The United Nations has called on the Government to go back to the drawing board over its £1.4bn Stonehenge tunnel plans.
United Nations agency UNESCO, urged ministers to reconsider their 2.9km tunnel plan and 2.2km dual carridgeway options for Stoneghenge over concerns that the Outstanding Universal Value (OUV) of the World Heritage Site (WHS) would be damaged.
In a statement, UNESCO said: ‘It is not considered satisfactory to suggest that the benefits from a 2.9km tunnel to the centre of the property [around the Stonehenge] can offset significant damage from lengths of four lane approach roads in cuttings elsewhere in the property.’
UNESCO has recommended a non-tunnel bypass option to the south of the property – known as route corridor F – and longer tunnel options to remove dual carriageway cuttings from the property. It suggests this will reduce potential impact on the WHS.
Highways England had assessed UNESCO’s proposals and stated that, ‘a bypass outside the World Heritage site would have a number of significant disadvantages, particularly adverse environmental impacts and impacts on local communities’.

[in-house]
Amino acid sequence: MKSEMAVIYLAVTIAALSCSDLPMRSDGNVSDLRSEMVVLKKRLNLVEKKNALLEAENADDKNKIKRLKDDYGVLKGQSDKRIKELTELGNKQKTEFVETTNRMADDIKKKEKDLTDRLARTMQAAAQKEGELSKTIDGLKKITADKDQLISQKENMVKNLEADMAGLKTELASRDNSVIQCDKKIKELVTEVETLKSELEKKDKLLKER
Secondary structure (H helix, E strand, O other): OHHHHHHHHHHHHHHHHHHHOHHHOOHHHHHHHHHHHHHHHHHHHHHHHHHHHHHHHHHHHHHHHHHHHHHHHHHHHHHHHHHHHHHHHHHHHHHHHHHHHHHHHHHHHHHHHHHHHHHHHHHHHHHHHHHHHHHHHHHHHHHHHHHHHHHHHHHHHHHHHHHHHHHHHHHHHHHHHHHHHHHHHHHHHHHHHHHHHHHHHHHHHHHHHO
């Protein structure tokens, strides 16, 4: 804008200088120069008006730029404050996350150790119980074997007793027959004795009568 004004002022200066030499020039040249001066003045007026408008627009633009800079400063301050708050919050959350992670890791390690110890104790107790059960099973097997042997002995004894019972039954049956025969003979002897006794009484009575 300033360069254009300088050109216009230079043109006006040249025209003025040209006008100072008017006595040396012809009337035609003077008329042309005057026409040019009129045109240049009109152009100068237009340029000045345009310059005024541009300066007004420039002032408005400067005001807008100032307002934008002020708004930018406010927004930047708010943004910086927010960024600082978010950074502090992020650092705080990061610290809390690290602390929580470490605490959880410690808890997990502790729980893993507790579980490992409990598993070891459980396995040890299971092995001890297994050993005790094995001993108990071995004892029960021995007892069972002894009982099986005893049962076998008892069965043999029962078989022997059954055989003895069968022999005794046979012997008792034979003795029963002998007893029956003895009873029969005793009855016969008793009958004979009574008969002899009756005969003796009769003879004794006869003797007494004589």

It added: ‘Options in route corridor F would offer a less direct route for through traffic and would therefore deliver reduced transport and economic benefits. They would also interact less well with local roads and would actually increase rat-running through local villages.’
Highways England’s plans include the 2.9km tunnel under the WHS, a bypass for Winterbourne Stoke and improve the existing junctions between the A303 and the intersecting A345 and A360.
The Government-owned company has said the aim of the scheme is to transform the route into an expressway, ‘a new type of strategic road which is as safe and reliable as a motorway and where ‘mile-a-minute’ journeys are the norm’.
Kate Fielden of the Stonehenge Alliance said, ‘It is very heartening that our concerns about the A303 widening project that we have voiced over many years are now being addressed by UNESCO.
‘It is to be hoped that the Government will wish to adopt a more considered approach at Stonehenge that meets the demands of the 1972 World Heritage Convention for conservation, protection and rehabilitation of the whole WHS for future generations to enjoy.’
Kate Freeman from Friends of the Earth South West said: ‘The UNESCO report was critical of the inadequacy of meaningful involvement of the top archaeology specialists and the wider community, including ourselves. We look forward to positively engaging with future solutions for the WHS.’